Leading American Varieties


Concord is grown on a greater variety of soils and under a wider range of climatic conditions than any other variety of American grape. Its vine is vigorous and productive, ripening in early to mid-October in New York. The suitability of Concord fruit for multiple purposes gives it a large market potential. It is the most important variety for sweet juice, jelly, and preserves, and it is also used in quantity for wine production and fresh market sales.

Concord produces medium-sized clusters bearing large, blue-black berries. It is typical of the American V. labrusca-derived grapes in having a tough skin which separates readily from the pulpy flesh (slipskin). The pronounced fruity, V. labrusca flavor of Concord makes it a desirable dessert grape. It is the leading table grape variety in New York. However, skin cracking and excessive post harvest shelling, as well as the presence of seeds, limit its use for this purpose. Relative characteristics of Concord and other varieties are listed in Tables 2 and 3. More information on the Concord grape may be found in a separate publication (Zabadal et al., 1988).


Catawba is a spicy flavored slipskin grape with a pronounced V. labrusca aroma. It was developed in the very early 1800's. In order to reach full maturity in New York, Catawba requires favorable sites with long growing seasons. The vines are vigorous, hardy and productive, but the foliage is somewhat more susceptible to fungal diseases than that of Concord (Table 2). Catawba also experiences foliar injury where ozone pollution occurs. High acidity may be a problem in some years. Primary usage is for white or pink dessert wines, but it is also used for juice production and marketed fresh as well.


Niagara is a floral, strongly flavored white grape used for juice, wine and fresh consumption. It ranks below Concord in cold hardiness and ripens somewhat earlier. On favorable sites, yields can equal or surpass those of Concord. Acidity is lower than for most other American varieties. It is successfully grown in many districts throughout New York.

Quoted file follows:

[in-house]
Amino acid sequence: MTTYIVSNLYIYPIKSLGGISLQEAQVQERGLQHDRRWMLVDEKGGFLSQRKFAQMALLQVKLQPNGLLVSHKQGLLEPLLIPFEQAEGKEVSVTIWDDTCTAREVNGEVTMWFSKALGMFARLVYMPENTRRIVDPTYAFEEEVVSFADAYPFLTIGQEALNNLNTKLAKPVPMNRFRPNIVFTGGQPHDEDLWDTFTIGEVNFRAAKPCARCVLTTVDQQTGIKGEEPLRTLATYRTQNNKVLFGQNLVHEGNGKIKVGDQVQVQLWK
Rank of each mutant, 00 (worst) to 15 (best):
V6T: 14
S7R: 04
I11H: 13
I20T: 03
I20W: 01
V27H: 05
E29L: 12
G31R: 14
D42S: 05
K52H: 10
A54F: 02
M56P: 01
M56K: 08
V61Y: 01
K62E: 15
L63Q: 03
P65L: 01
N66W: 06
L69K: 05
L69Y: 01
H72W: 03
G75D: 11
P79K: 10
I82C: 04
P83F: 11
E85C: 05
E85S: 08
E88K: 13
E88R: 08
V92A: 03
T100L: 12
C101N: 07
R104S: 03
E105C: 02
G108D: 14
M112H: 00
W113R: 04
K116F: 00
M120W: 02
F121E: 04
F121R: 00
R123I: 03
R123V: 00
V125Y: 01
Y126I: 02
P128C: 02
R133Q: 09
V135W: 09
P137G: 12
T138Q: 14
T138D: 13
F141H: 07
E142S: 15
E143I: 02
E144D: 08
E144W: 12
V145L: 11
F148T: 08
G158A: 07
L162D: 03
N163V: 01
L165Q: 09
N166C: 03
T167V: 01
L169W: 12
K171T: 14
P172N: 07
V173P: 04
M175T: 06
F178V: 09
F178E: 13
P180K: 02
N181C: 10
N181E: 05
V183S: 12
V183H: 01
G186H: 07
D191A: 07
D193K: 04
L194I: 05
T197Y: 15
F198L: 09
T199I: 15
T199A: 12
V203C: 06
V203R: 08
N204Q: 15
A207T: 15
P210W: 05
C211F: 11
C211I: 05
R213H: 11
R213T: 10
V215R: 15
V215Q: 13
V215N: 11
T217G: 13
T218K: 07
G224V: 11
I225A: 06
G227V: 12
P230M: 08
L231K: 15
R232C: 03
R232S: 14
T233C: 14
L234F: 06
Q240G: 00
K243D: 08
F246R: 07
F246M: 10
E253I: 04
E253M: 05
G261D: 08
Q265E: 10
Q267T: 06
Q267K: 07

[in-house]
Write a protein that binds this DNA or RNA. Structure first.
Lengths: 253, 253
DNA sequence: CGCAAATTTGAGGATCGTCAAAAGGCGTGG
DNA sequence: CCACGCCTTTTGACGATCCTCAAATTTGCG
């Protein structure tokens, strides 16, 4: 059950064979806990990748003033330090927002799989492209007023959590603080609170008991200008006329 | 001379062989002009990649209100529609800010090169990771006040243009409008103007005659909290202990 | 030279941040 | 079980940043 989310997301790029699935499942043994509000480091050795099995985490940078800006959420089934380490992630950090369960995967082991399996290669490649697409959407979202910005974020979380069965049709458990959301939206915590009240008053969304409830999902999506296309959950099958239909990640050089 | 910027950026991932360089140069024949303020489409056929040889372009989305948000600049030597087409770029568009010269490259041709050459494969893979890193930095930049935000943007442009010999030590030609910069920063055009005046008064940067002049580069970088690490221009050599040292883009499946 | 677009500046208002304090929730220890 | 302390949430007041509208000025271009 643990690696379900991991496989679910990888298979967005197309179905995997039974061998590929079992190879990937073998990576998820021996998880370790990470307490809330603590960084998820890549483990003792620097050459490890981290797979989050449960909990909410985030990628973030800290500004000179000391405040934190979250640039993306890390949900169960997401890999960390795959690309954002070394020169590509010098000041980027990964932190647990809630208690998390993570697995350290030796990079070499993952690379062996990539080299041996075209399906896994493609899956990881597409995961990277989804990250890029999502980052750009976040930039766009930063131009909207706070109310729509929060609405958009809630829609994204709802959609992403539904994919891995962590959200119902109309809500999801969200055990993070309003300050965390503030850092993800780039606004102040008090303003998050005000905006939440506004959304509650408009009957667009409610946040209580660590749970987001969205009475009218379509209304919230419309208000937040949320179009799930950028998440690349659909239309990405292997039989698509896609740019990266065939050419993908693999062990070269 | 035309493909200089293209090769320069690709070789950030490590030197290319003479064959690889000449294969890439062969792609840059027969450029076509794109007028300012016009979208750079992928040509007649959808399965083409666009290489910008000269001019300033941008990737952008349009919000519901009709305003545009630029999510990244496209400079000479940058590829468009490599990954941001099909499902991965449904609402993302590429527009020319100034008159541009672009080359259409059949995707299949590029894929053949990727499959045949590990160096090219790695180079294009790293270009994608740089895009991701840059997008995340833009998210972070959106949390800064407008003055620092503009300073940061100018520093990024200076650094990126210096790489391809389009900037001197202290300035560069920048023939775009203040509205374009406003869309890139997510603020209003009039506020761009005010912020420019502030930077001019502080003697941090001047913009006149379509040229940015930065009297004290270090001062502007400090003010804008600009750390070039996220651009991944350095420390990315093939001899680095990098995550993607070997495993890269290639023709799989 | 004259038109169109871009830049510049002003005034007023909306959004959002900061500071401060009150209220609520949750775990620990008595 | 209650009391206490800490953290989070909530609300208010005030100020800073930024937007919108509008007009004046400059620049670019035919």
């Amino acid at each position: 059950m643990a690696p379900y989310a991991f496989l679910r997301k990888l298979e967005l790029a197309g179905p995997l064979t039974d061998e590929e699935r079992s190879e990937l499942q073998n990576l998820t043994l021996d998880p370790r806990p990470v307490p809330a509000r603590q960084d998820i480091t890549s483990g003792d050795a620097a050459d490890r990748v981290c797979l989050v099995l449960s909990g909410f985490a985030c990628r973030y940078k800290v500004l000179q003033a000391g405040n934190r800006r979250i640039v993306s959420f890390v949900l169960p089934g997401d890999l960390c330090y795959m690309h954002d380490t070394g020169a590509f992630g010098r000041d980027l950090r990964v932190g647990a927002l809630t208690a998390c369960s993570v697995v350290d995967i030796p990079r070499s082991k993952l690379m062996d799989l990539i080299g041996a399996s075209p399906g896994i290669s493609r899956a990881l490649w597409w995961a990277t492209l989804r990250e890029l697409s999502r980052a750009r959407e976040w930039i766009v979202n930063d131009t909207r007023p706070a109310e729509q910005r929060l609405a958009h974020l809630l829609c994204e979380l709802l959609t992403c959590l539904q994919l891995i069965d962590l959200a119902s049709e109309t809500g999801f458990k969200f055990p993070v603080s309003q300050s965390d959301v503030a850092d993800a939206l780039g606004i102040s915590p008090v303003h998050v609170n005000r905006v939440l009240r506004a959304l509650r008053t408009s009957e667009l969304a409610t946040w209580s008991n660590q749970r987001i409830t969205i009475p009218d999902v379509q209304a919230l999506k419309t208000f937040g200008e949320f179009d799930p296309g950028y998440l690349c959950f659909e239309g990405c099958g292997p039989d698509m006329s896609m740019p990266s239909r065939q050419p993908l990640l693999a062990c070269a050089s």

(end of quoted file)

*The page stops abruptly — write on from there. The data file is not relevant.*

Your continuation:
American Varieties of Limited Acreage


Delaware is an early ripening red variety with small berries, small clusters and a mild American flavor. It is an important dessert variety in Japan, yet in New York is used primarily for juice and white wine. The tender skins may crack when rain occurs as the fruits ripen. Delaware requires a deep, fertile, well-drained soil for satisfactory vine growth, and on such soils, with good management, may produce yields as high as those of Concord. On all but the most favorable soils, Delaware should be grafted on a phylloxera-resistant rootstock to ensure vigorous growth.

Once prized for champagne production in New York, it is now being replaced by several of the interspecific hybrid and vinifera varieties. Delaware remains, however, one of the highest quality American varieties for wine.


Dutchess is a late-ripening white grape of V. vinifera and V. labrusca ancestry. The fruit has a less American flavor than other varieties of V. labrusca ancestry. Because of the relatively low cold tolerance (Table 2), the variety should be planted only on very favorable sites. Other interspecific hybrid varieties now largely fill the role that Dutchess once played in New York wine production.


Elvira is a white grape which descends from Vitis riparia, the Riverbank or Frost Grape. The variety ripens at Concord season and is one of the most productive varieties grown in New York. It is used primarily for bulk wine production. Because the skin is thin and the cluster is very compact, cracking of the berries results in some seasons if the grapes are harvested at full maturity. Current practice is to harvest the fruit before cracking becomes a problem. The must is typically high in acidity. See also Ventura.



Fredonia is a blue-black Concord-type grape with very large berries that ripen about two weeks Concord. The flavor typified by Concord which is so desirable for juice and jelly, is lacking in Fredonia, yet Fredonia is utilized for both juice production as well as roadside table grape sales. With careful pruning, vigor and production may approach Concord levels. The fruit clusters are susceptible to downy mildew.


Isabella is an old black, labrusca-type variety used primarily for wine. In other parts of the world Isabella is one of the most common grapes of its type, but in New York it is rare, having been replaced by other varieties. Cold damage can occur in severe winters.


Ives is a black grape of the V. labrusca type that is used to add color to red wines and juices. It is very subject to damage by the air pollutant, ozone, which may cause diminished vigor and productivity.

Moore's Diamond

Moore's Diamond resembles Niagara in fruit and Concord in vine and is one of the few white American varieties which have been used to produce dry table wine. It is also desirable as a table grape, but the skins may crack during wet seasons.